NYPD “Rape Cops” Had Prior Abusive Incident Towards A Woman

Two months ago, a New York City jury acquitted two NYPD officers who were accused (in a 2008 incident) of allegedly entering the apartment of a drunk woman — who they’d been called to help — several times over the course of one night and raping her. Kenneth Moreno was accused of raping the woman, then a 27-year-old Gap employee who was blackout drunk, while his partner Franklin Mata stood watch. A jury grappled with the lack of DNA evidence tying Moreno to the rape (he allegedly used a condom) and acquitted the “rape cops” of rape, burglary, and falsifying business records and only found them guilty of official misconduct.

Trial watchers were shocked. Activists held protests. Now, The Village Voice has published a front-page article about another late-night incident, also in 2008, in which Moreno and Mata allegedly verbally abused a young woman outside a bar, calling her a “bitch” and a “c**t.”

This is a story — a documented incident — the jury never heard. The accuser, now a 24-year-old Long Island University graduate student from Queens, claims the cops called her a “c**t” and a “bitch,” refused to take her report for theft, and physically manhandled her in such a way that she had bruises and scratches. In August 2008, she was 21 years old and celebrating at a bar with friends because she was leaving for a study abroad program in India later that week, the Voice reports. By late in the evening, the bartender refused to serve them and asked them to leave. The woman’s friend was in the bathroom while the woman went outside, where a group of teens reached inside her purse and stole her credit cards, money and phone. The bartender refused to let her back inside, so she started banging on the door. Apparently, the bartender called the cops.

Mata and Moreno were the officers to show up. Instead of taking her report, the woman claimed, “they aren’t taking me seriously from the beginning,” giggling and patronizing her. She claims Mata even pulled a sanitary pad from her purse and asked her either, “Is this why you’re so cranky?” or “Is this why you’re being so bitchy?” When her glasses fell off her face, they would not help her put them back on. He also refused to identify himself, allegedly telling her, “It’s none of your business.” They allegedly drove her a few blocks away and then dropped her off, where she asked strangers on the street for money to help her get home. Instead, someone called the cops and Mata and Moreno showed up again. She spent the night in jail and was released the next morning with a disorderly conduct summons. (To be sure, the woman was not a saint: while she was handcuffed and sitting in the back of the squad car, she kicked Mata’s seat and called him names. She also repeatedly called them both names throughout the night, according to the Voice.)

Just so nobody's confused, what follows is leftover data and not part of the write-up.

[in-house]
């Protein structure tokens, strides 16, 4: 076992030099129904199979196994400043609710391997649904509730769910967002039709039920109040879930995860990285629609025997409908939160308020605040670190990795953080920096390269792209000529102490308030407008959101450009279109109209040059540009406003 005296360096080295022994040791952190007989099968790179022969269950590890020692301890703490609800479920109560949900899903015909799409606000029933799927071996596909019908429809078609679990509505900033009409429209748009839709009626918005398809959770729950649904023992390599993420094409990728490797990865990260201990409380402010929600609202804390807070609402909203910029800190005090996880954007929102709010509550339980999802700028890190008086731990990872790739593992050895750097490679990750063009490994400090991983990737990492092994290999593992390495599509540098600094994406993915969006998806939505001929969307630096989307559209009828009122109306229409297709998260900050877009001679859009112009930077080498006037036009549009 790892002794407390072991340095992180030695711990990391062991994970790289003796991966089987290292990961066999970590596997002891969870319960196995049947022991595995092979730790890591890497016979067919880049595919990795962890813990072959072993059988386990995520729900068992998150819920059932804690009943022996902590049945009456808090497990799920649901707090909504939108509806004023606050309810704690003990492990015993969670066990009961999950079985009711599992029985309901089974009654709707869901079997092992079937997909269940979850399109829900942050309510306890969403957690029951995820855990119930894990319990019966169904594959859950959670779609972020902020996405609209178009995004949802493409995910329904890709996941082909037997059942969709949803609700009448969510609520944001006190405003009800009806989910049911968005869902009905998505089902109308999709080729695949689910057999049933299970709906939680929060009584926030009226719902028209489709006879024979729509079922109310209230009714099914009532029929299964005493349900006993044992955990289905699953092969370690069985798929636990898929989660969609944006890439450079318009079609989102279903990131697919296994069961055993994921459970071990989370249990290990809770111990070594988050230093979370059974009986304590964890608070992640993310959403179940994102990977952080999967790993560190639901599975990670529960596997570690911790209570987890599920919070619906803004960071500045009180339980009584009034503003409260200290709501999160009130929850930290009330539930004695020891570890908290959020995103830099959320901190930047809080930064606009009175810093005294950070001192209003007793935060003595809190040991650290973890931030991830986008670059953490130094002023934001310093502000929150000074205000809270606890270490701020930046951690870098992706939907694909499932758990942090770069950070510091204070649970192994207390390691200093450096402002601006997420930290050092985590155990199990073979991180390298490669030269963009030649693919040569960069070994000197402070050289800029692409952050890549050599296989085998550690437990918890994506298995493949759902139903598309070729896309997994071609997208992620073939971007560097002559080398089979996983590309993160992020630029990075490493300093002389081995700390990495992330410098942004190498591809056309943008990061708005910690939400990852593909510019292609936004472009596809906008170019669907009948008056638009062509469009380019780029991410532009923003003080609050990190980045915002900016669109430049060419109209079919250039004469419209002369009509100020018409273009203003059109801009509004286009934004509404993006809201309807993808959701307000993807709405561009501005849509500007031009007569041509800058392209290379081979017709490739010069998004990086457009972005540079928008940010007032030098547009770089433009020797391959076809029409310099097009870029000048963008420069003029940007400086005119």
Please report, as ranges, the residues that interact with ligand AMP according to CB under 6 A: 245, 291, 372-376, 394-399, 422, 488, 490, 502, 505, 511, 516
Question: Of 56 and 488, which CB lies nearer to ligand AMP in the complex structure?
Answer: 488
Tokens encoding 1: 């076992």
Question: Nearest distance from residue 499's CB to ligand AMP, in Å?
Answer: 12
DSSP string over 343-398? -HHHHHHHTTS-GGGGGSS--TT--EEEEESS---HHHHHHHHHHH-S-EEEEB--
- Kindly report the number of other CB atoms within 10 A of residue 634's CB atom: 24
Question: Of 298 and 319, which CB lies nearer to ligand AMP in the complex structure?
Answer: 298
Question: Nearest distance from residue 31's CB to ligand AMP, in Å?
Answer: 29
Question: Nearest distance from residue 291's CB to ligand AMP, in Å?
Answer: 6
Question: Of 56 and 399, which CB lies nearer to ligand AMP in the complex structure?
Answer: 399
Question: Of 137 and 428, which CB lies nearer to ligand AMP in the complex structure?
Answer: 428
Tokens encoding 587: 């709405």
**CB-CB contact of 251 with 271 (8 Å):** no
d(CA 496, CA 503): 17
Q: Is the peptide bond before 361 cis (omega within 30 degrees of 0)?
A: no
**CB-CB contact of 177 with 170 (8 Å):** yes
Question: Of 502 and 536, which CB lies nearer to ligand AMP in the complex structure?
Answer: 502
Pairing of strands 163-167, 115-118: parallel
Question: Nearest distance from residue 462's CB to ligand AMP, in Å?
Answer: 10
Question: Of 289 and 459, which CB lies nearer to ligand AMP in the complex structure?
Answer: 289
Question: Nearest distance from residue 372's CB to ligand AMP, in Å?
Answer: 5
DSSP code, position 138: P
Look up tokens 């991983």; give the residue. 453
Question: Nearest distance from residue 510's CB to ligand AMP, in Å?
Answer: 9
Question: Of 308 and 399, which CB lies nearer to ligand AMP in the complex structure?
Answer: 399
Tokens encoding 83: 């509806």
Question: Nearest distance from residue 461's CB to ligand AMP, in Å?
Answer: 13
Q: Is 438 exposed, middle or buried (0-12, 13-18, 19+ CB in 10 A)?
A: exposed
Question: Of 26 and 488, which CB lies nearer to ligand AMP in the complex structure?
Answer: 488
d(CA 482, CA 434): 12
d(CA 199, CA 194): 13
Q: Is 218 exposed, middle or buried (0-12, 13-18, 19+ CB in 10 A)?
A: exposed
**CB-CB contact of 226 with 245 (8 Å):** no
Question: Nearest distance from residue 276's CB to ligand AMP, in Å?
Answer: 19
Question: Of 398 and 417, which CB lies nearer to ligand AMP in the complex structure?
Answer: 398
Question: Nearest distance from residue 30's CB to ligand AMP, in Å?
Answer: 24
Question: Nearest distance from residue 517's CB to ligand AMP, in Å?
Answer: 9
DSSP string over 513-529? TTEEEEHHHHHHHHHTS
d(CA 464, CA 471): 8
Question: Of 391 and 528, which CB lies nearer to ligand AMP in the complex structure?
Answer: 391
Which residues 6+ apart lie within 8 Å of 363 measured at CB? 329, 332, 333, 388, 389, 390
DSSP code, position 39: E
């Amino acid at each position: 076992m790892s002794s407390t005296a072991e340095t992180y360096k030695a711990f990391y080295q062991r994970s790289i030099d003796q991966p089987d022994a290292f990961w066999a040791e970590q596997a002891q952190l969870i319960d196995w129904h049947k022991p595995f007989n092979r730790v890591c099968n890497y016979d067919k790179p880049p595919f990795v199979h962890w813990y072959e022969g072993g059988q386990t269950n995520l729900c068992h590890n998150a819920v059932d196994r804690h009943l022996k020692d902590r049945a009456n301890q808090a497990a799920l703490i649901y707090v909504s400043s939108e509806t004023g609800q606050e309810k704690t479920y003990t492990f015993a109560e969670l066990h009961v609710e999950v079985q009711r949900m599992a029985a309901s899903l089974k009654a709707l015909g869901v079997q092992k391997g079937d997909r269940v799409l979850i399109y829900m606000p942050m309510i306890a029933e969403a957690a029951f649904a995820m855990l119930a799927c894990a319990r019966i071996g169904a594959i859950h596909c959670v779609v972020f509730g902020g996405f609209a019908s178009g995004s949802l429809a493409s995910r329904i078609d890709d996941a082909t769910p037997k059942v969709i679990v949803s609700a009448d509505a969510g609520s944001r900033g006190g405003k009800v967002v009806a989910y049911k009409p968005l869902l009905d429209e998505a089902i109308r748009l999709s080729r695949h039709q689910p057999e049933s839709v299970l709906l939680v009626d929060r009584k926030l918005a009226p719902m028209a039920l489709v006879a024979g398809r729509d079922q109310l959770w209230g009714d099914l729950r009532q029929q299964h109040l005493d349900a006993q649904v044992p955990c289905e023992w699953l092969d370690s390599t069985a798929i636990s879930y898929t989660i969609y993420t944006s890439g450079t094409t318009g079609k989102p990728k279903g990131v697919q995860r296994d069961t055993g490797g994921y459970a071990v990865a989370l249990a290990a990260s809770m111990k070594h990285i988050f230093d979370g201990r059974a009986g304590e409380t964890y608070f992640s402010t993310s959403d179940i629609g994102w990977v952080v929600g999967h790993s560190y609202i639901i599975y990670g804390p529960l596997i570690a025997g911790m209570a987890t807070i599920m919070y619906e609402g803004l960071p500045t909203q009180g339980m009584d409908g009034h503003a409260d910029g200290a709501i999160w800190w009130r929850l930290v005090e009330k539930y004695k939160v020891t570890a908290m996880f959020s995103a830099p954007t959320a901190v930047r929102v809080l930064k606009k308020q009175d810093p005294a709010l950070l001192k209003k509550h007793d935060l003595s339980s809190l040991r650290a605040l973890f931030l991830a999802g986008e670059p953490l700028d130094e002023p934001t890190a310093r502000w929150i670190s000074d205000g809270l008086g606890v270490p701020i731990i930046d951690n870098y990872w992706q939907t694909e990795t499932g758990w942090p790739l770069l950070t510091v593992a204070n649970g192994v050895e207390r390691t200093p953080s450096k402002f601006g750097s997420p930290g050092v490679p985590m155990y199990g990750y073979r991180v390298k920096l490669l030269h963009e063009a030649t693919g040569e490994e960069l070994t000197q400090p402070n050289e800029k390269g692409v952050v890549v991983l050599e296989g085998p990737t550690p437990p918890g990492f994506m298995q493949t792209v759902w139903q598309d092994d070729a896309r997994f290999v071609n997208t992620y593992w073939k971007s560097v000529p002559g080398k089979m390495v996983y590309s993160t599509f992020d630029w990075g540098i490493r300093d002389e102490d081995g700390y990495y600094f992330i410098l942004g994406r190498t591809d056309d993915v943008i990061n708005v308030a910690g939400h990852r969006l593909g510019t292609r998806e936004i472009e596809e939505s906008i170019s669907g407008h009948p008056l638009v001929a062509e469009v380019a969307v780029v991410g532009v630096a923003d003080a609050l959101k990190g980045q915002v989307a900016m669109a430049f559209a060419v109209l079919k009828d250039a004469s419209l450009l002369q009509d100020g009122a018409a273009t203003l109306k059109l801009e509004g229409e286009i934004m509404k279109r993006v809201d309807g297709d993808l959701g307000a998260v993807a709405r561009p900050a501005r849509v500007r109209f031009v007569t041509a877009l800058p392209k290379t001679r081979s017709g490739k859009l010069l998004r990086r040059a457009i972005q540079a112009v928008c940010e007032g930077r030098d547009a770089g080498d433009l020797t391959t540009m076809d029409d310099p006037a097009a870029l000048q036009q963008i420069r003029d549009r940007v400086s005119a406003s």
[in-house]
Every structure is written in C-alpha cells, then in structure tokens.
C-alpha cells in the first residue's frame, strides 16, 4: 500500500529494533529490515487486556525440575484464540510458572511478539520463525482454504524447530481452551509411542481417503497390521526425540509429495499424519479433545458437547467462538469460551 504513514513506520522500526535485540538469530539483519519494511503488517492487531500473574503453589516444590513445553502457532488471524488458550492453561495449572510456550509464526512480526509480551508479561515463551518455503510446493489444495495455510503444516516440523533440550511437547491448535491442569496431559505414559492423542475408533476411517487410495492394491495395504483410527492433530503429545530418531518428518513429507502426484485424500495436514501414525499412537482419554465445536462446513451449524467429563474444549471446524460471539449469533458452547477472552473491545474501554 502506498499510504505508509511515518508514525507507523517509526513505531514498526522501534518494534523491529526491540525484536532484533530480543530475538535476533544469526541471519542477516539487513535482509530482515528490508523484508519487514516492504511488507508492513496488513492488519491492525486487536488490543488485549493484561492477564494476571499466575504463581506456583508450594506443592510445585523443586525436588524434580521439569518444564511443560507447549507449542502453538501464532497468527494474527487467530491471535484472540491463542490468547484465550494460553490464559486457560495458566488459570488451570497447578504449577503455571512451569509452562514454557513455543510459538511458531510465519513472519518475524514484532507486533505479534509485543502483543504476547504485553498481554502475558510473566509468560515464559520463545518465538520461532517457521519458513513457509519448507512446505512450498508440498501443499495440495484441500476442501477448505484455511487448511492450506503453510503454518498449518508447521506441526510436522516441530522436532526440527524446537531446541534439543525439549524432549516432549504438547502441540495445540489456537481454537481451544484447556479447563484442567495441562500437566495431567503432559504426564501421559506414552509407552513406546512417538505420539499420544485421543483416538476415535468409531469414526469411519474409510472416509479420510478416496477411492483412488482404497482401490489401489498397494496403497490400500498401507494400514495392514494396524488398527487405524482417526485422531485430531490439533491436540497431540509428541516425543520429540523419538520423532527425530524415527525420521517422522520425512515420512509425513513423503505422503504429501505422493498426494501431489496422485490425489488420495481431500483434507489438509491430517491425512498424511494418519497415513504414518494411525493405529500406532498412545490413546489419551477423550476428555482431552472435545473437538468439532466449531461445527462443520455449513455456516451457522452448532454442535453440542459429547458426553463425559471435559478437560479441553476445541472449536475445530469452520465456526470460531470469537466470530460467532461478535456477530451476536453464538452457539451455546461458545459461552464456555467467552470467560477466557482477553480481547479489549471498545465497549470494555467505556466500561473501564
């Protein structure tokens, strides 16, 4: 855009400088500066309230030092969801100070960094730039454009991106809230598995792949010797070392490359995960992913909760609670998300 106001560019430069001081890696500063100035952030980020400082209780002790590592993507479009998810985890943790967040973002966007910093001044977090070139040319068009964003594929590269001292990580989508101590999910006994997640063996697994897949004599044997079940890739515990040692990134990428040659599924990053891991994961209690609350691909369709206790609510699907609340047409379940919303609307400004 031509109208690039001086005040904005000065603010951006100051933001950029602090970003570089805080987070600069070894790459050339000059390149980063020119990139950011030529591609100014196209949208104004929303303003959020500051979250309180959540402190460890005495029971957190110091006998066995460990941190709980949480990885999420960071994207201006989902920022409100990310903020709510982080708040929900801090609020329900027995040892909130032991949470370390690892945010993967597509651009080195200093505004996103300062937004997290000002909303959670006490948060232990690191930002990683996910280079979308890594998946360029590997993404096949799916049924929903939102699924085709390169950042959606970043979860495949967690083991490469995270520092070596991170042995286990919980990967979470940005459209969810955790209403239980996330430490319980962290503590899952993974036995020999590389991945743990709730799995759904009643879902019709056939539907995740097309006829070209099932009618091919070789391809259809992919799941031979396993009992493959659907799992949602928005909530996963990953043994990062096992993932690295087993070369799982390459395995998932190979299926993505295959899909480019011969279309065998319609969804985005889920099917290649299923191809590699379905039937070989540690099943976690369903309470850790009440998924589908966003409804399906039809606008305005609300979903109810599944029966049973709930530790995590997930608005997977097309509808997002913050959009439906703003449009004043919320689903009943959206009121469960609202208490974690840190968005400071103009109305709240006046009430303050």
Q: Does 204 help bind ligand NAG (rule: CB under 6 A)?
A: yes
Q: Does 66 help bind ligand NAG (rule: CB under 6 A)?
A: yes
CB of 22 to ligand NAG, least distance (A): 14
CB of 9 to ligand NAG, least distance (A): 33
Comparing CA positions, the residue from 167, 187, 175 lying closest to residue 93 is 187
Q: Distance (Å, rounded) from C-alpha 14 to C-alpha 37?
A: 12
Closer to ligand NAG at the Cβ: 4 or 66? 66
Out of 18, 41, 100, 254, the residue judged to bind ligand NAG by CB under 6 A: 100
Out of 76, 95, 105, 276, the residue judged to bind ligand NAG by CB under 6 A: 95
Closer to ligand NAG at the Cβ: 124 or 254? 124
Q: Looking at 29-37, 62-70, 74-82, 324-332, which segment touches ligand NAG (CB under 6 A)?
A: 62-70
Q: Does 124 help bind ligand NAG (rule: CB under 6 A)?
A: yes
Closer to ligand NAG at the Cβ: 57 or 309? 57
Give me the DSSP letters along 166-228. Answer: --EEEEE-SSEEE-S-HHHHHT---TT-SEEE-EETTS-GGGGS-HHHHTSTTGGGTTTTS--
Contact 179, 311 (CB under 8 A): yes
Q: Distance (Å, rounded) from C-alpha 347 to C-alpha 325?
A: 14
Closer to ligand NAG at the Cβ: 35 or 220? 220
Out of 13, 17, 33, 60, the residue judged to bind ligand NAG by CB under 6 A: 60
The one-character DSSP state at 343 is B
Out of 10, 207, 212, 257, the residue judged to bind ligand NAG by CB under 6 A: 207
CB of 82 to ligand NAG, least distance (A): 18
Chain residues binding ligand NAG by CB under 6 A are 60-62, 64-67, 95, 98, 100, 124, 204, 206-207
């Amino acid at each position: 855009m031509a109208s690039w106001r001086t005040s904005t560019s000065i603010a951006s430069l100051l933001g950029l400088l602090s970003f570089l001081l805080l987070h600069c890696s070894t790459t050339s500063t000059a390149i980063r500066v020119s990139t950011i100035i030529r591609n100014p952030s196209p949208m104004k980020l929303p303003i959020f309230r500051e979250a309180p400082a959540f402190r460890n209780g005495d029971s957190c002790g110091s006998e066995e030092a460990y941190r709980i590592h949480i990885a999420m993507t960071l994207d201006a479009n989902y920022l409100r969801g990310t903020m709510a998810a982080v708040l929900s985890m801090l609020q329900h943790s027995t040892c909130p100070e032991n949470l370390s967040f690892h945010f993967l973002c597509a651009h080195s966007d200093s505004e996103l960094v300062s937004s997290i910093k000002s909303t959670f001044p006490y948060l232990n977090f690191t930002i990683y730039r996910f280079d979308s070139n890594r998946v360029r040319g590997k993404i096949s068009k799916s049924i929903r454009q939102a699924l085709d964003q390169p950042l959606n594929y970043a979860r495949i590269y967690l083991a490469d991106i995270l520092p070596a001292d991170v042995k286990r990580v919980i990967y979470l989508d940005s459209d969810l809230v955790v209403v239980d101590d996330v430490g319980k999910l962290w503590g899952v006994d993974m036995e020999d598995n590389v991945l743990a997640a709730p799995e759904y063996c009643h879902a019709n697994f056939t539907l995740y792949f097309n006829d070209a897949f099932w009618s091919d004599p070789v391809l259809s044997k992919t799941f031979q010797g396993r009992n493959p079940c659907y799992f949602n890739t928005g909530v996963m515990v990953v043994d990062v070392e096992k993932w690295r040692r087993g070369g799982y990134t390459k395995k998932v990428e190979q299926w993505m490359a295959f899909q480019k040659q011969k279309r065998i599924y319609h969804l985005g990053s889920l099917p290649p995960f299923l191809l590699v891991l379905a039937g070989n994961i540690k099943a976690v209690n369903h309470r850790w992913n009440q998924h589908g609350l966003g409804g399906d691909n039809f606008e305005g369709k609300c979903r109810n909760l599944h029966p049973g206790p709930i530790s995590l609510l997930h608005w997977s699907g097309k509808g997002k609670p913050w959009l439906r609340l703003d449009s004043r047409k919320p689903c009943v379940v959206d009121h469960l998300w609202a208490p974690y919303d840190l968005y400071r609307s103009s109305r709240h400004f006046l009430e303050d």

Later that day, the woman filed an official misconduct complaint against them and had her bruises and scratches photographed by an investigator. Although at one point she spoke further with an investigator about the incident, it basically dropped off the face of the Earth. Her theft report was never taken and therefore not investigated, the Voice reports. It was not until Moreno and Mata were acquitted of rape charges that the woman saw their faces again — this time on TV. You can read the whole story here.

It’s unclear why this woman’s complaint of official misconduct wasn’t brought up in court. It could have been considered “prior bad acts,” the Voice claims, and brought up during cross-examination. (“Prior bad acts” are considered as a way giving a sense of the accused’s character only.) Likely the prosecutors were afraid a complaint filed by a woman who had been drunk during the entire incident wouldn’t impress the jury, who were already dealing with the rape accusations made by another drunk woman.

But it’s hard not to think with this new knowledge that maybe Moreno and Mata got a power trip off messing around with drunk women (whatever you believe they were actually committing crimes or not). One wonders if there are more stories like this out there and more victims who are still silent. We’ll never know what would have happened if the prosecution had introduced this misconduct complaint to the jury and how it may have influenced the trial.

Does this story about prior misconduct by Moreno and Mata change how you feel about the “rape cops” verdict? Do you think prosecutors should have introduced this misconduct complaint into the case? Let us know in the comments.

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